Blencathra via Scales Fell.

Start. Scales.

Route. Scales - Scales Fell - Blencathra - Atkinson Pike - Foule Crag - Mungrisdale Common - Bannerdale Crag - White Horse Bent - Souther Fell - Mousthwaite Comb - Scales.

Notes. Blencathra in Wainwright's words "one of the grandest objects in Lakeland", from the south it probably is, ease of access makes it the first choice for many hill walkers, and maybe Sharp Edge adds to it's appeal. I decided to take the easy safer route to the summit, the wide grassy ridge of Scales Fell, a good ridge to view fellow walkers on the adrenalin fueled crossing of Sharp Edge.

I parked in Scales before making my way west along the main road, on reaching the old toll house a path rises above the intake wall, I followed this ascending to my right through bracken and gauze, the path wound above Mousthwaite Comb to reach a wide grassy saddle. Many paths emanate from this saddle I followed the one climbing the wide ridge of Scales Fell. As the path got higher the ridge got narrower, all of a sudden I popped out onto the summit of Blencathra. From the summit I made my way north visiting the fine cairn on Atkinson Pike before descending to Foule Crags and my first brew of the day.

Whilst sipping tea I decided on a short diversion, a lonely cairn somewhere over the horizon to the northwest marks the summit of Mungrisdale Common, No 121 in the Wainwright List, it felt years since I'd graced it with my presence, a green path lead the way. Last time I was here there was no path, a path also guided me back to Bannerdale Crags, obviously the work of peak baggers, bless them. Bannerdale Crags is a fine summit, the mile long wall of rock is best appreciated from Bannerdale. A long conversation with a fellow walker followed before I took my leave and descended over White Horse Bent (no path) into the valley of the infant River Glenderamackin, the path crossed the river at a wooden bridge ascending to the saddle I visited early this morning.

One more top to visit Souther Fell, with slight trepidation I ascended to it's grassy ridge, today should be safe. Legend tells us that on mid-summers day a ghost army my be seen wandering along the summit ridge, rank upon rank of mounted troops with infantry marching in columns across the summit. Today there was just me and the mountain birds, I even chanced another brew before re-tracing my steps to the saddle. Down hill all the way from here, descending through Mousthwaite Comb to reach a tarmac lane, a short walk over tarmac lead me back to Scales.

view route map.

home.

Clough Head as seen over the valley of the River Glenderamackin.

Above Mousthwaite Comb looking to Souther Fell, the path in the shot will be my route of descent later.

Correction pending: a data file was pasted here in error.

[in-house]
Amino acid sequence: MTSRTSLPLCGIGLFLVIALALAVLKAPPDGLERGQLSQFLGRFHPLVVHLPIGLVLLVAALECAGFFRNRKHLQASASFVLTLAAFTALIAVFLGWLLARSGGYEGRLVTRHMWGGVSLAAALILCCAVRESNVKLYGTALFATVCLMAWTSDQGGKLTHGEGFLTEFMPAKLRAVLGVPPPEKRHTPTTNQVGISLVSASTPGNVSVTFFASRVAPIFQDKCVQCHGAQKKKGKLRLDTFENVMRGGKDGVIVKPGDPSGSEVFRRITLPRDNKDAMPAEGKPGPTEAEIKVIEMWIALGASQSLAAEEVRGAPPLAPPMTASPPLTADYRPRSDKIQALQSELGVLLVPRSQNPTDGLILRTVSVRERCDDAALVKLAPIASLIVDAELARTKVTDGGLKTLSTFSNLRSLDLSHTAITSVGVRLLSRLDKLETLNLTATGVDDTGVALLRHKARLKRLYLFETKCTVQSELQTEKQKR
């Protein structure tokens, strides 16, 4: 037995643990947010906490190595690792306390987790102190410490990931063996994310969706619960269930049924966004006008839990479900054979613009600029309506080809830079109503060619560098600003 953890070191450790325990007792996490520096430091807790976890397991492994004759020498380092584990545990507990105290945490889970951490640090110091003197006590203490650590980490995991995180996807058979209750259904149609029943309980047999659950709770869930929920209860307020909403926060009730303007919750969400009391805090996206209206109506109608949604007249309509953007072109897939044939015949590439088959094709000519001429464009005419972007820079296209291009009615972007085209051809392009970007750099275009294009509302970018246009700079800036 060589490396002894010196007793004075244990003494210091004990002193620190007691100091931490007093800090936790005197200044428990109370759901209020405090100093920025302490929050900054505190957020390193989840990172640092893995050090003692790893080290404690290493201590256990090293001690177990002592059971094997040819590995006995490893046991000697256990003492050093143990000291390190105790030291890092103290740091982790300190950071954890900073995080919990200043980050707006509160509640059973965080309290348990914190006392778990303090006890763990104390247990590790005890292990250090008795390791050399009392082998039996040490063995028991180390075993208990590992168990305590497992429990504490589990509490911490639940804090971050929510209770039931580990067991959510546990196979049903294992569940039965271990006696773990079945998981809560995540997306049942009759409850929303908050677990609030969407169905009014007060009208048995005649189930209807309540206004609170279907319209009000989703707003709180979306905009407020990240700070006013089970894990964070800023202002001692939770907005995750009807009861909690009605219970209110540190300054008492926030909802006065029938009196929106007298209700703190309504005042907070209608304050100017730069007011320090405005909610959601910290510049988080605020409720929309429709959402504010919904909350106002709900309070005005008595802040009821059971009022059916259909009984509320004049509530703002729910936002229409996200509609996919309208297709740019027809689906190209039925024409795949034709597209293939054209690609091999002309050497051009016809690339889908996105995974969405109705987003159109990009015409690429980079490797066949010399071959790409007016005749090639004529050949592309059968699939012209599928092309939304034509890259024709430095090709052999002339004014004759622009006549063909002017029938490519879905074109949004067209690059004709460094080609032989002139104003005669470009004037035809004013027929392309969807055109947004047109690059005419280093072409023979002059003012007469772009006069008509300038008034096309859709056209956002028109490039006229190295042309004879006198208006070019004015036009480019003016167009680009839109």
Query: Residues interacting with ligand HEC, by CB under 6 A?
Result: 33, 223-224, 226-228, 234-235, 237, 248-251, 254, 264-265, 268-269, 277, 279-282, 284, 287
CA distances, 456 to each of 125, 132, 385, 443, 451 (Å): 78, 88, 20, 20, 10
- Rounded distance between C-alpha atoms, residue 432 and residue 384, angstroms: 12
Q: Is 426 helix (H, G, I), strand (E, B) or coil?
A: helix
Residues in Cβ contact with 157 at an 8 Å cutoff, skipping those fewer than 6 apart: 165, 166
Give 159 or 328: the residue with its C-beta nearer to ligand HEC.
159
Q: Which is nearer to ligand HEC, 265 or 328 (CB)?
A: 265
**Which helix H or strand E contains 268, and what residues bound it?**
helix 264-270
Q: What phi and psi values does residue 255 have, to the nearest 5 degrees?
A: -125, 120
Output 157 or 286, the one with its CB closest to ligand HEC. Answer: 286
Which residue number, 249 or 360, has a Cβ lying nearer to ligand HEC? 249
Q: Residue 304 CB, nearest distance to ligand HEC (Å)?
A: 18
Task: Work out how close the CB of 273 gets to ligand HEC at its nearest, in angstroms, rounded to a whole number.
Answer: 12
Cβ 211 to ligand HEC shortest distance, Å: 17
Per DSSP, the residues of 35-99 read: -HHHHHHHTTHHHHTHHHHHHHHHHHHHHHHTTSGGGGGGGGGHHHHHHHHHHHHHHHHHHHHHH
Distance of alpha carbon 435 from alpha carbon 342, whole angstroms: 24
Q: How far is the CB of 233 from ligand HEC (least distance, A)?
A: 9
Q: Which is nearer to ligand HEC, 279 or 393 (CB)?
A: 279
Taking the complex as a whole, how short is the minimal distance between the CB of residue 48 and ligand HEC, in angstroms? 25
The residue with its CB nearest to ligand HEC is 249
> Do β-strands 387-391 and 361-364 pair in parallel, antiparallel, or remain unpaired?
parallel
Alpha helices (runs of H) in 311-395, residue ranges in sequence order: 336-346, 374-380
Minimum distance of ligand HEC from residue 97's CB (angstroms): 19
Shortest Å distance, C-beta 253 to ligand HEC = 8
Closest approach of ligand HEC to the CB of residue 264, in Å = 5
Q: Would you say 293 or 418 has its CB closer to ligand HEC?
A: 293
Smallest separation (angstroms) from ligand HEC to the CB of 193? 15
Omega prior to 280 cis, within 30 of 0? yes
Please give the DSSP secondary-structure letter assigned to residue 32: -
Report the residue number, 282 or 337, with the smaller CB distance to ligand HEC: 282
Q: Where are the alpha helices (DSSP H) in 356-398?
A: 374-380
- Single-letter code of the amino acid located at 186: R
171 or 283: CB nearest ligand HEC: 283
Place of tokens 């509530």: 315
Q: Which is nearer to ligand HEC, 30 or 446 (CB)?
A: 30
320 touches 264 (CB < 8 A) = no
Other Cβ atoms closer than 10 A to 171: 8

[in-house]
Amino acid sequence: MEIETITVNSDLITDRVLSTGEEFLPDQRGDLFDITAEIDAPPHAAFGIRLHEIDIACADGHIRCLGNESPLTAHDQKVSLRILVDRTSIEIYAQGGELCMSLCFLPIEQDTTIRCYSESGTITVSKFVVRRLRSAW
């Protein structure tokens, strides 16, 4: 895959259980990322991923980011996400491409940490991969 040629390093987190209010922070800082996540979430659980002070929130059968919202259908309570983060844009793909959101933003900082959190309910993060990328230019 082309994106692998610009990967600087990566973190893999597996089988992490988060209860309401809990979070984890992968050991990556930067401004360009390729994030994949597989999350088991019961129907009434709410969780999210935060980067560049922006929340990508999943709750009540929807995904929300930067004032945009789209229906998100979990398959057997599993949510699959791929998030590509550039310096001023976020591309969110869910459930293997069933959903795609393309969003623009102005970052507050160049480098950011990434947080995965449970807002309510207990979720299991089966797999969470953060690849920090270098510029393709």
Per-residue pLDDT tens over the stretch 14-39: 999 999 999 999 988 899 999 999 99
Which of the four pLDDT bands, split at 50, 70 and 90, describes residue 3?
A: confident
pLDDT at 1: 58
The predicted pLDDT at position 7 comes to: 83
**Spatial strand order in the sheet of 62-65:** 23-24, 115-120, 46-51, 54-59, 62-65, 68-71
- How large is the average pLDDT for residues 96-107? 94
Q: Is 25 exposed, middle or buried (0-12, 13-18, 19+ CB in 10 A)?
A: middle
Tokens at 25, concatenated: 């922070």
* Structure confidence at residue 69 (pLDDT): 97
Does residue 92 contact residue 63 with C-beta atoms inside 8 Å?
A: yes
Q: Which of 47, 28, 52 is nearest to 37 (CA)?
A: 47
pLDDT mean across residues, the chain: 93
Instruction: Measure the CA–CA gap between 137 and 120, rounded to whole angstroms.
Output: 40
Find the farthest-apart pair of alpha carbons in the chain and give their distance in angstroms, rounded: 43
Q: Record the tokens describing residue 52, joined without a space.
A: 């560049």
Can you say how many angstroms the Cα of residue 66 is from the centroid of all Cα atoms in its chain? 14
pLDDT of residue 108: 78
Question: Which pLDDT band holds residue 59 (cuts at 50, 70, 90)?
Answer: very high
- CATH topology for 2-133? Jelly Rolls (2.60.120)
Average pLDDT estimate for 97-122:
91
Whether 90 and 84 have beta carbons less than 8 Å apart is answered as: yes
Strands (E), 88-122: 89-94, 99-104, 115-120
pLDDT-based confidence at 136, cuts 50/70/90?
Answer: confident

Amazing views such as this one, the vast expanse of the Eden Valley can be seen from the slopes of Scales Fell.

Higher up the ridge stunning views to the western lakes tilt into view.

Looking to the grey saddle of Blencathra with the Sharp Edge ascent to the right.

The Eden Valley stretched out to the east, nearer to home Souther Fell over the slopes of White Horse Bent.

Still on the broad grassy saddle of Scales Fell, looking to the Glenderamackin face of Bannerdale Crags.

The unfolding panorama, every time I paused for breath the views got bigger, Cross Fell across the Eden Valley.

A wonderful view along the Scales Fell ridge.

Hallfell Top the summit of Blencathra with stunning views to Derwent Water backed by the northwestern fells.

And again this time a bit bigger, you can make out Cat Bells leading to Maiden Moor, Causey Pike and the cliffs of Crag Hill, to the right Hopegill Head and Grisedale Pike.

I'm sitting above Foule Crags watching walkers cross Sharp Edge, it was obvious by the shouts of encouragement at least one person was not a member of the party and struggling with the ridge, thumbs up to the lads, and one lass for helping him across, and good "on" him for giving it a go.

A lonely cairn marks the summit of Mungrisdale Common.

On Mungrisdale Common looking back to Blencathra.

The northwestern fells seen from the featureless expanse of Mungrisdale Common.

Knott as viewed down Blackhazel Beck.

The summit Bannerdale Crags.

Ascending Souther Fell looking to White Horse Bent backed by the Sharp Edge approach to Blencathra.

A good place to view the saddle that gives Blencathra it's alternative name, Saddleback favoured by Victorian's, it's strange how they had a habit of trying to alter everything, even mountains.

On the slopes of Souther Fell looking to the mile long ark of Bannerdale Crags.

Not quite the summit but with wonderful views it should be, the southern cairn on Souther Fell.

The Summit Souther Fell.

Striding out over tarmac in the lane heading to Scales, the final view for today Great Mell Fell seen across the valley of the Glenderamackin.

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